High surf floods Seal Beach restaurant parking lot for second time in less than year, owner says

Amy Powell Image
Sunday, December 31, 2023
High surf floods restaurant parking lot in Seal Beach
As high surf and coastal flood warnings remained in effect Saturday for a stretch of the Southern California coast, Seal Beach was one area that was hit hard.

SEAL BEACH, Calif. (KABC) -- As high surf and coastal flood warnings remained in effect Saturday for a stretch of the Southern California coast, Seal Beach was one area that was hit hard.

Big waves caused serious flooding at some businesses, especially at The Beach House at Seal Beach restaurant, where the parking lot was filled with water.

At one point, the restaurant remained open until the water got too high. Crews were seen working to pump the water out of the lot.

Rosie Ritchie, the owner of the restaurant, said it's the second time in less than a year that the business has been flooded due to high tides.

"I don't know what I'm going to find when I go in there next, so I'm praying that it's not much," said Ritchie Saturday afternoon. "But if it is a lot, it's going to be hard."

In Orange County, a high surf warning and coastal flood advisory will be in effect until 2 a.m. Monday. Forecasters said Orange County beaches will see waves of 6 to 15 feet.

According to the National Weather Service, the Orange County locations most susceptible to flooding include Seal Beach, Sunset Beach and Newport Beach.

Ventura County evacuation warning

Some residents who live near the beach received an evacuation warning Saturday as a high surf warning.

The Ventura County Fire Department announced the temporary warning, which impacted homes bordering the Pacific Coast Highway, from Seacliff Avenue South to Emma Wood Group Camp, due to high surf impacting structures in the area. It was lifted just before 3 p.m.

The announcement came as authorities urged people to avoid coastal areas during the high surf warning and a storm that was passing through the region.

"Significant flooding of sea water is likely over vulnerable low-lying coastal areas around the time of high tide," said the NWS. "Damage to coastal roadways and structures is possible. Powerful waves and strong rip currents will pose an exceptional risk of ocean drowning and damage to coastal structures like piers and jetties. Large breaking waves can cause injury, wash people off beaches and rocks, and capsize small boats near shore."

Forecasters warned that the county will continue to see waves of 10 to 15 feet, with some reaching as high as 20 feet, accompanied by dangerous rip currents.

L.A. County also experiences flooding

Parts of Los Angeles County experienced flooding Saturday morning. Local law enforcement agencies reported some urban and small stream flooding in the advisory area.

Some locations that were warned about possible flooding include Long Beach, Malibu, Griffith Park, Hollywood, downtown Los Angeles, Universal City, Burbank, Beverly Hills, North Hollywood, Culver City, Alhambra, Inglewood, Pasadena, Van Nuys, Venice, Santa Monica and Encino.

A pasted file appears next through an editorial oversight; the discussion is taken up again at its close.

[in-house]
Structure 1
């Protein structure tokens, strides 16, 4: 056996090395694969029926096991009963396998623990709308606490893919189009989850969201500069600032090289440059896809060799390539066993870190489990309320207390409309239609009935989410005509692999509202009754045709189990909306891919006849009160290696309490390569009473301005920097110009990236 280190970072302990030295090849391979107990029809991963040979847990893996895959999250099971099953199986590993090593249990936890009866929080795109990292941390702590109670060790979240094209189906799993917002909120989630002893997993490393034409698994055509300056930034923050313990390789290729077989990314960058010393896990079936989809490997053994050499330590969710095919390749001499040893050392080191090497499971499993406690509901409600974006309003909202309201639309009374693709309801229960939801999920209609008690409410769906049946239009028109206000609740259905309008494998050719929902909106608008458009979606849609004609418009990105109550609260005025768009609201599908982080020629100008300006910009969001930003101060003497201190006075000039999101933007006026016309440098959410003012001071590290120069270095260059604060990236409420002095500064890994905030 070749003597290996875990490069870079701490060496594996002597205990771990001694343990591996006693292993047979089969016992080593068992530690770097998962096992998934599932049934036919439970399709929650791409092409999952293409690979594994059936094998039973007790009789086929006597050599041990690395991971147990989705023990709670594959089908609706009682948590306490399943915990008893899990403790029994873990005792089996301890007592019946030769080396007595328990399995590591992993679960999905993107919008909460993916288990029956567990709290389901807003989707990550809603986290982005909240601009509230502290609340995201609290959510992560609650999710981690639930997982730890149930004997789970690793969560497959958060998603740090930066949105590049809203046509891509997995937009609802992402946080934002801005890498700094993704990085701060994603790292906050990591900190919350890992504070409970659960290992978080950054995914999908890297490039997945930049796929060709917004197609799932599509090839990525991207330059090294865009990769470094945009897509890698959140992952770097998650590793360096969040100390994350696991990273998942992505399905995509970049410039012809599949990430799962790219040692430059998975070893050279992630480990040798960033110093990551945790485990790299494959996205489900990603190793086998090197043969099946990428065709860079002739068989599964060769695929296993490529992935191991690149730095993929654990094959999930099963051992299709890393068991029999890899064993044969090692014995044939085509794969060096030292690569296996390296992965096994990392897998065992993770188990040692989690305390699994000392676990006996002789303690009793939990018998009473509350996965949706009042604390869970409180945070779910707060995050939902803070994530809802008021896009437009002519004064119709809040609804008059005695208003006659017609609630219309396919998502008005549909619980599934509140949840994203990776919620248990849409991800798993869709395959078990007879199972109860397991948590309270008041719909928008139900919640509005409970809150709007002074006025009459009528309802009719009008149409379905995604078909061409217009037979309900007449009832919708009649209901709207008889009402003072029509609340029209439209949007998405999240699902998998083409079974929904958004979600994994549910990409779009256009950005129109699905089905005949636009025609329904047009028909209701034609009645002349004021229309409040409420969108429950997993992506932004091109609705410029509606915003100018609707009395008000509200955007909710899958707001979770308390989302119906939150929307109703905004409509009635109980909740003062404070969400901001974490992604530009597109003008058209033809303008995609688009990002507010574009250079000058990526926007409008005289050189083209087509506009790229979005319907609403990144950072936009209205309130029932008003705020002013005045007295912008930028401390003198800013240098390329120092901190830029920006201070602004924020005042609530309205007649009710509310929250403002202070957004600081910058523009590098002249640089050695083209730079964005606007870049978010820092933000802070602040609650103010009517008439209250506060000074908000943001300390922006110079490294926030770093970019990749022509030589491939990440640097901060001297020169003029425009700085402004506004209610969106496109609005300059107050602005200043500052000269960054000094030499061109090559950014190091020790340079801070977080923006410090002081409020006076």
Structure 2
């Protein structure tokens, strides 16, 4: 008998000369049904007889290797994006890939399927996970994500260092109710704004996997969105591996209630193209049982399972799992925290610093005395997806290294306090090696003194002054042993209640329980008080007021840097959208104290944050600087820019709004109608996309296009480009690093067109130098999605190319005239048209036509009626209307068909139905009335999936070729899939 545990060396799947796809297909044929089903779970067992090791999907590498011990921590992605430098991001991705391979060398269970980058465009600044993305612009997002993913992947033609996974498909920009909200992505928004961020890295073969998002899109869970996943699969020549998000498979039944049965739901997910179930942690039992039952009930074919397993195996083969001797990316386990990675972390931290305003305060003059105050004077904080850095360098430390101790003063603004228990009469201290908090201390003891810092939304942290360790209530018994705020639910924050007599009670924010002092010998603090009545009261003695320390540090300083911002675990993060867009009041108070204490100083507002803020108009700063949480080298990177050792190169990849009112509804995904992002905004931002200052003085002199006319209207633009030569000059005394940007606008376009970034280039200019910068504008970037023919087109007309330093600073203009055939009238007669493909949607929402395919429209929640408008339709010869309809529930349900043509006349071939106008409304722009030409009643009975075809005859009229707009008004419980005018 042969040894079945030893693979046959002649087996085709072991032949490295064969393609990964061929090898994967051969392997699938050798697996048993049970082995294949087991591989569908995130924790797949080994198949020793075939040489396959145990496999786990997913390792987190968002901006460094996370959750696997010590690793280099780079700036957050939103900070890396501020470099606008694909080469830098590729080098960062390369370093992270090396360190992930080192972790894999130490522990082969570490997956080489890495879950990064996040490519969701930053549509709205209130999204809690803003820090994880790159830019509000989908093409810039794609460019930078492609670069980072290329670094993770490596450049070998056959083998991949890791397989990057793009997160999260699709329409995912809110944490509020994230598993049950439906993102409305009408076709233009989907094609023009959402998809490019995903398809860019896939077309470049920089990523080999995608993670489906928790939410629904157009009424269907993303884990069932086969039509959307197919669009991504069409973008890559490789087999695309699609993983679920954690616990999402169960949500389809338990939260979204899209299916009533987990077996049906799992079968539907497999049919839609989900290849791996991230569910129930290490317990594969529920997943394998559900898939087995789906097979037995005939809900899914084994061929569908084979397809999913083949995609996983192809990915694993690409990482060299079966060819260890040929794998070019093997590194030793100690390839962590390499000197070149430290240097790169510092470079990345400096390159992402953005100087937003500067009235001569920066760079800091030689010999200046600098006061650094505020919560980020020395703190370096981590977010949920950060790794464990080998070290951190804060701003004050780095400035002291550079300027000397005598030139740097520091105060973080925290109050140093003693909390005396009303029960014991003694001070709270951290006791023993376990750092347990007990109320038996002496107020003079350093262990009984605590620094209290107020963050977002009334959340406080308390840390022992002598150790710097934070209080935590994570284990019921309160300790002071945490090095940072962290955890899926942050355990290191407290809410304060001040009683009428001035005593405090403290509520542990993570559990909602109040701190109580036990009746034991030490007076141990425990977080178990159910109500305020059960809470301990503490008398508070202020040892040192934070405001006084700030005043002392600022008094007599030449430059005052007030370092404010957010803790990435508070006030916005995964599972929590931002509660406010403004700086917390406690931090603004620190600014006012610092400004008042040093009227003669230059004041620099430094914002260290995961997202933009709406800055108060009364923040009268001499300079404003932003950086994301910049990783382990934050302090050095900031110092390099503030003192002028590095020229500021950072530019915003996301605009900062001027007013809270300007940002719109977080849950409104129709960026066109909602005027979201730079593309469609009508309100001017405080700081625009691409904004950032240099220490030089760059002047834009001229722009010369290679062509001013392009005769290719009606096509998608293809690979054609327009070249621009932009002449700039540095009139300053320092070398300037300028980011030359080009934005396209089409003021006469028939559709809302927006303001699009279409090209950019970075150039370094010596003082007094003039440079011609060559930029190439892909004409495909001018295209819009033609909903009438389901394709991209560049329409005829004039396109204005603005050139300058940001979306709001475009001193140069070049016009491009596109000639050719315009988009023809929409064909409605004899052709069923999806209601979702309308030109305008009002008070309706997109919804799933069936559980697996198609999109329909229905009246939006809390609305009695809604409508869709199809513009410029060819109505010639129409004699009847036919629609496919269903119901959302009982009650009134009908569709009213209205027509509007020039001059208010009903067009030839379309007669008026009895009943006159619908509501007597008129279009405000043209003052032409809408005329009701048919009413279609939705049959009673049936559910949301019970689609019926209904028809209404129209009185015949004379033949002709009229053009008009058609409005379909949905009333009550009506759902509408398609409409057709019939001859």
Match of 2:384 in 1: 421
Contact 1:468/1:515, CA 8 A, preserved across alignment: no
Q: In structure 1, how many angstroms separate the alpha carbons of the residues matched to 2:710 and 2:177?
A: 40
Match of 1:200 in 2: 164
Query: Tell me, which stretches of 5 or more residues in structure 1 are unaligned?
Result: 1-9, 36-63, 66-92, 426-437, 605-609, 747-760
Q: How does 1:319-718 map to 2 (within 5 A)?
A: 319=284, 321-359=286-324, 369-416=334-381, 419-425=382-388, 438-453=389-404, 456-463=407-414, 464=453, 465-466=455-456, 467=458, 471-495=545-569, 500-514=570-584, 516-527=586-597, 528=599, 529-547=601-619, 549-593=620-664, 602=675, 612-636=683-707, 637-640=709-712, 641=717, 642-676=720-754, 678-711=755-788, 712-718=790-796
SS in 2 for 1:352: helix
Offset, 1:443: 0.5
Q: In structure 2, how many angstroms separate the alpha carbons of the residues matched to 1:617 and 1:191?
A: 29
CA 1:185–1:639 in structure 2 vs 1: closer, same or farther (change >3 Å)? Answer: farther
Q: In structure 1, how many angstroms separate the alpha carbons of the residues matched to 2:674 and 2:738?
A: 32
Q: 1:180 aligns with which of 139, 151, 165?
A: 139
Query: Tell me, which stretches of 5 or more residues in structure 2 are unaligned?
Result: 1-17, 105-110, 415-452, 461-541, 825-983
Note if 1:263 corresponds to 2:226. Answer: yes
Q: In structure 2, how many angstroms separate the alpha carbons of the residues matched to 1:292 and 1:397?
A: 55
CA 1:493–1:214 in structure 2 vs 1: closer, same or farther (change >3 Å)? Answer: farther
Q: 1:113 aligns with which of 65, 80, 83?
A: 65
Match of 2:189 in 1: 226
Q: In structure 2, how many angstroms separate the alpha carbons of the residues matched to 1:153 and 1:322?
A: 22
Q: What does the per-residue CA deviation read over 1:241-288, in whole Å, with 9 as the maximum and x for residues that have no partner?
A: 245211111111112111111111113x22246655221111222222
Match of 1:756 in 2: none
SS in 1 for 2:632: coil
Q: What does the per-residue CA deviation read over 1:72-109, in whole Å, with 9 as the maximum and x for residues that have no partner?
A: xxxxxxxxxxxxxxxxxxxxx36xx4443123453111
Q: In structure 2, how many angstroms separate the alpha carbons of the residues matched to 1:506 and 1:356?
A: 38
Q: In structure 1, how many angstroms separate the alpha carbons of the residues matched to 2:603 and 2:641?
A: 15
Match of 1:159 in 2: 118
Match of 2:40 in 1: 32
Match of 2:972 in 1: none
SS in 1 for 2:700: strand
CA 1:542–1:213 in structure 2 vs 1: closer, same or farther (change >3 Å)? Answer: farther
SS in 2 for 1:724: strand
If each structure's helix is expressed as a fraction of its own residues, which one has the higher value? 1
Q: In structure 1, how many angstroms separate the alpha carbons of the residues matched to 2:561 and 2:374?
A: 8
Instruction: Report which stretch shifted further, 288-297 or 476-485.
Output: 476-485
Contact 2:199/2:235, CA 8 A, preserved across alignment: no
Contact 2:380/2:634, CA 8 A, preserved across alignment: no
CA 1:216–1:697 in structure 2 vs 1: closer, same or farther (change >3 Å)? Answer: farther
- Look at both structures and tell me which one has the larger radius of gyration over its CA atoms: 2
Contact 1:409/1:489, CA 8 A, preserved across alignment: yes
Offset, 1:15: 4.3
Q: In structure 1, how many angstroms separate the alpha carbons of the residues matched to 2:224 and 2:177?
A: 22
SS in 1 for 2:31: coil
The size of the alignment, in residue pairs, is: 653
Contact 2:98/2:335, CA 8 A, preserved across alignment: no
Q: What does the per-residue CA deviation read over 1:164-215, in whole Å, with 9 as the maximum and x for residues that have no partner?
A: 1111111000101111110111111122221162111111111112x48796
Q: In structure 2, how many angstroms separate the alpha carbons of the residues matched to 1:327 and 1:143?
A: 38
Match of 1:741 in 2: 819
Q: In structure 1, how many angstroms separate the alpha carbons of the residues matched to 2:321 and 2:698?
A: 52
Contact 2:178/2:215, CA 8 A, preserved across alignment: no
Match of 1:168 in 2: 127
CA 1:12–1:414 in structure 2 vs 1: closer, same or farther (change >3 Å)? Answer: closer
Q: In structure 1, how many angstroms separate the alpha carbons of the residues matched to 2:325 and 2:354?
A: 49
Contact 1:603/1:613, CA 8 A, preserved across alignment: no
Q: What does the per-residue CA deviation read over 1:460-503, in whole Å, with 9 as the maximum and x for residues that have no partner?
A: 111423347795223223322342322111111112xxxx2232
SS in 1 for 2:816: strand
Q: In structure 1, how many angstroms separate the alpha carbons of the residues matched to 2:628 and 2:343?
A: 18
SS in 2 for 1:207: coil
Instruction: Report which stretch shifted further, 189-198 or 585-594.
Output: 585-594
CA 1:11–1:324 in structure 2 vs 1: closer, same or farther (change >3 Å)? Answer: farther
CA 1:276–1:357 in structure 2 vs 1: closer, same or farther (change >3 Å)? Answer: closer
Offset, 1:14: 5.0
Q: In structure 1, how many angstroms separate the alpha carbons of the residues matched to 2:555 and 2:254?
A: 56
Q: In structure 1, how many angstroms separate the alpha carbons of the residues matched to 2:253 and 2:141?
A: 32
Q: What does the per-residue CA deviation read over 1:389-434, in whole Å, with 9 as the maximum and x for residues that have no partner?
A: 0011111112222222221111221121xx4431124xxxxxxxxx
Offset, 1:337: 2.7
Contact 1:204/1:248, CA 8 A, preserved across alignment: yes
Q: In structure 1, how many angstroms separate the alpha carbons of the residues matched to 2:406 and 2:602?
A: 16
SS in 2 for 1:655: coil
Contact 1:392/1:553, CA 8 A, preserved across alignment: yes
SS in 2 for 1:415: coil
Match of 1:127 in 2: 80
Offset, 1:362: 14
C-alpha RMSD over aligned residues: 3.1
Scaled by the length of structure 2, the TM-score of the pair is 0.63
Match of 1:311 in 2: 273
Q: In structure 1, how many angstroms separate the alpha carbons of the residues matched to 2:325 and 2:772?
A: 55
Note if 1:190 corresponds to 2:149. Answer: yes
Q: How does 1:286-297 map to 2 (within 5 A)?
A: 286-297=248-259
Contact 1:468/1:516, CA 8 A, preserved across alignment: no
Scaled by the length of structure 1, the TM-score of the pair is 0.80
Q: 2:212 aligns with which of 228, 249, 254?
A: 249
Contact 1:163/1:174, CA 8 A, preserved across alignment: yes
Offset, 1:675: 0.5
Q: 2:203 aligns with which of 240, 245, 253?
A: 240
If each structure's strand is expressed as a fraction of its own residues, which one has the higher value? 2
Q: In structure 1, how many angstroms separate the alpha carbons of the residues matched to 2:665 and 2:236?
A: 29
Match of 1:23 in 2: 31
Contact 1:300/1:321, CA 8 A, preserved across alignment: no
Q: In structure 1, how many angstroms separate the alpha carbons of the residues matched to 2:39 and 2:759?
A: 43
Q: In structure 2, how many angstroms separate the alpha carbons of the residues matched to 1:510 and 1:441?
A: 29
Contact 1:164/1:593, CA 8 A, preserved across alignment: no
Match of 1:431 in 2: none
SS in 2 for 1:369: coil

The NWS also issued a special weather statement for the areas of Santa Clarita, Newhall and San Fernando, where winds up to 50 mph were expected.

Meanwhile, a high surf warning was in effect until 10 p.m. Saturday for all Los Angeles County beaches, including the Malibu Coast and Catalina Island.

The large waves were expected to create dangerous conditions for anyone entering the water with the possibility of flooding in areas close to the beach.

The highest surf was anticipated at west-facing beaches such as Hermosa, Manhattan and Palos Verdes, forecasters said.

Due to safety concerns relating to the high surf and ocean swell, the Manhattan Beach Pier will be closed through Sunday, city officials said.

Los Angeles County health officials issued an ocean water quality rain advisory until at least 6 a.m. Tuesday, advising people to avoid all water contact, especially near discharging storm drains, creeks, and rivers due to potentially higher bacteria levels in these areas.

Long Beach issued a rain advisory and said recreational swimming areas should be avoided. City officials also urged residents and visitors to drive carefully through the area. Residents in low-lying areas such as Alamitos Bay were urged to "be vigilant and prepare for potential localized flooding due to the large swells.'' Sand and sandbags were being made available to residents at city fire stations.

NWS forecasters added: "Stay off of beaches and coastal walkways, roads, and structures. Do NOT drive around barricades or through water of unknown depth. Everyone should remain out of the water due to life-threatening surf conditions. Stay off of jetties, piers, and other water side infrastructure.''

City News Service, Inc. contributed to this report.